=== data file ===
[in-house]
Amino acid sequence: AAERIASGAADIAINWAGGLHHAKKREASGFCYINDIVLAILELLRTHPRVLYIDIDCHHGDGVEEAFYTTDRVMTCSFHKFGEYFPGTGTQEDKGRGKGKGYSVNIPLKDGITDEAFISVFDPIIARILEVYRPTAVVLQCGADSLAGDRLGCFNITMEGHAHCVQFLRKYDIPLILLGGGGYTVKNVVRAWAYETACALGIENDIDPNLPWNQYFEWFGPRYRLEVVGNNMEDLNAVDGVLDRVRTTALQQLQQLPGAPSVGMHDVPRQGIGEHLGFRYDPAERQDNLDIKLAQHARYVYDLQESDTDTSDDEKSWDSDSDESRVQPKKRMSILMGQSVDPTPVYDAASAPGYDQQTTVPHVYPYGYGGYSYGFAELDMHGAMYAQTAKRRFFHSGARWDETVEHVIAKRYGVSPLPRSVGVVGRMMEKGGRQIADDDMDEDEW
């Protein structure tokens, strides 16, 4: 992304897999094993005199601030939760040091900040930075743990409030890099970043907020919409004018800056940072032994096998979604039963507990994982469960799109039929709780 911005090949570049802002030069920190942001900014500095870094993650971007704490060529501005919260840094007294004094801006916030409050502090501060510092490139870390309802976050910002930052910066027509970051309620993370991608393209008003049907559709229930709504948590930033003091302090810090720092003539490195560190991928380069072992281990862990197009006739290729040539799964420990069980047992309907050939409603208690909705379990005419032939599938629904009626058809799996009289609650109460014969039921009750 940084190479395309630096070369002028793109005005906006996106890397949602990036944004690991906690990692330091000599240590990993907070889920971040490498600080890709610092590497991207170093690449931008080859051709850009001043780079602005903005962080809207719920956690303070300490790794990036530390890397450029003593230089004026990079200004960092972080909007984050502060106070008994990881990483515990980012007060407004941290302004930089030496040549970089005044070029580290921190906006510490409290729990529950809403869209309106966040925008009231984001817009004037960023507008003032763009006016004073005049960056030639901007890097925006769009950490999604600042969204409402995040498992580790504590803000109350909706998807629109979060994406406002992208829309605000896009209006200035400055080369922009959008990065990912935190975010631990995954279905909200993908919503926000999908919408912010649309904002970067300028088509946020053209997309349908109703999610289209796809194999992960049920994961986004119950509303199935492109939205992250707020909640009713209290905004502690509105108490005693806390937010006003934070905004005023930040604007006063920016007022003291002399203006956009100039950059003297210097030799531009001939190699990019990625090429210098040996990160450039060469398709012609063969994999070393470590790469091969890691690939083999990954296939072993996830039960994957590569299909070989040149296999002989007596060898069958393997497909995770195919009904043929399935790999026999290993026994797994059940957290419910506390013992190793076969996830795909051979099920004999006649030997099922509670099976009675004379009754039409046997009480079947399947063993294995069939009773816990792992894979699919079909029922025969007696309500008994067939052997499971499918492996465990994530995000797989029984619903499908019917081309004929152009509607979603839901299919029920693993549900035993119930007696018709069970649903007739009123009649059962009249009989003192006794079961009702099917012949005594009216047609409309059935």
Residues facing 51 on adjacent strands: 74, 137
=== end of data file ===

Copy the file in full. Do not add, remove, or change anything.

[in-house]
Amino acid sequence: AAERIASGAADIAINWAGGLHHAKKREASGFCYINDIVLAILELLRTHPRVLYIDIDCHHGDGVEEAFYTTDRVMTCSFHKFGEYFPGTGTQEDKGRGKGKGYSVNIPLKDGITDEAFISVFDPIIARILEVYRPTAVVLQCGADSLAGDRLGCFNITMEGHAHCVQFLRKYDIPLILLGGGGYTVKNVVRAWAYETACALGIENDIDPNLPWNQYFEWFGPRYRLEVVGNNMEDLNAVDGVLDRVRTTALQQLQQLPGAPSVGMHDVPRQGIGEHLGFRYDPAERQDNLDIKLAQHARYVYDLQESDTDTSDDEKSWDSDSDESRVQPKKRMSILMGQSVDPTPVYDAASAPGYDQQTTVPHVYPYGYGGYSYGFAELDMHGAMYAQTAKRRFFHSGARWDETVEHVIAKRYGVSPLPRSVGVVGRMMEKGGRQIADDDMDEDEW
């Protein structure tokens, strides 16, 4: 992304897999094993005199601030939760040091900040930075743990409030890099970043907020919409004018800056940072032994096998979604039963507990994982469960799109039929709780 911005090949570049802002030069920190942001900014500095870094993650971007704490060529501005919260840094007294004094801006916030409050502090501060510092490139870390309802976050910002930052910066027509970051309620993370991608393209008003049907559709229930709504948590930033003091302090810090720092003539490195560190991928380069072992281990862990197009006739290729040539799964420990069980047992309907050939409603208690909705379990005419032939599938629904009626058809799996009289609650109460014969039921009750 940084190479395309630096070369002028793109005005906006996106890397949602990036944004690991906690990692330091000599240590990993907070889920971040490498600080890709610092590497991207170093690449931008080859051709850009001043780079602005903005962080809207719920956690303070300490790794990036530390890397450029003593230089004026990079200004960092972080909007984050502060106070008994990881990483515990980012007060407004941290302004930089030496040549970089005044070029580290921190906006510490409290729990529950809403869209309106966040925008009231984001817009004037960023507008003032763009006016004073005049960056030639901007890097925006769009950490999604600042969204409402995040498992580790504590803000109350909706998807629109979060994406406002992208829309605000896009209006200035400055080369922009959008990065990912935190975010631990995954279905909200993908919503926000999908919408912010649309904002970067300028088509946020053209997309349908109703999610289209796809194999992960049920994961986004119950509303199935492109939205992250707020909640009713209290905004502690509105108490005693806390937010006003934070905004005023930040604007006063920016007022003291002399203006956009100039950059003297210097030799531009001939190699990019990625090429210098040996990160450039060469398709012609063969994999070393470590790469091969890691690939083999990954296939072993996830039960994957590569299909070989040149296999002989007596060898069958393997497909995770195919009904043929399935790999026999290993026994797994059940957290419910506390013992190793076969996830795909051979099920004999006649030997099922509670099976009675004379009754039409046997009480079947399947063993294995069939009773816990792992894979699919079909029922025969007696309500008994067939052997499971499918492996465990994530995000797989029984619903499908019917081309004929152009509607979603839901299919029920693993549900035993119930007696018709069970649903007739009123009649059962009249009989003192006794079961009702099917012949005594009216047609409309059935």
Residues facing 51 on adjacent strands: 74, 137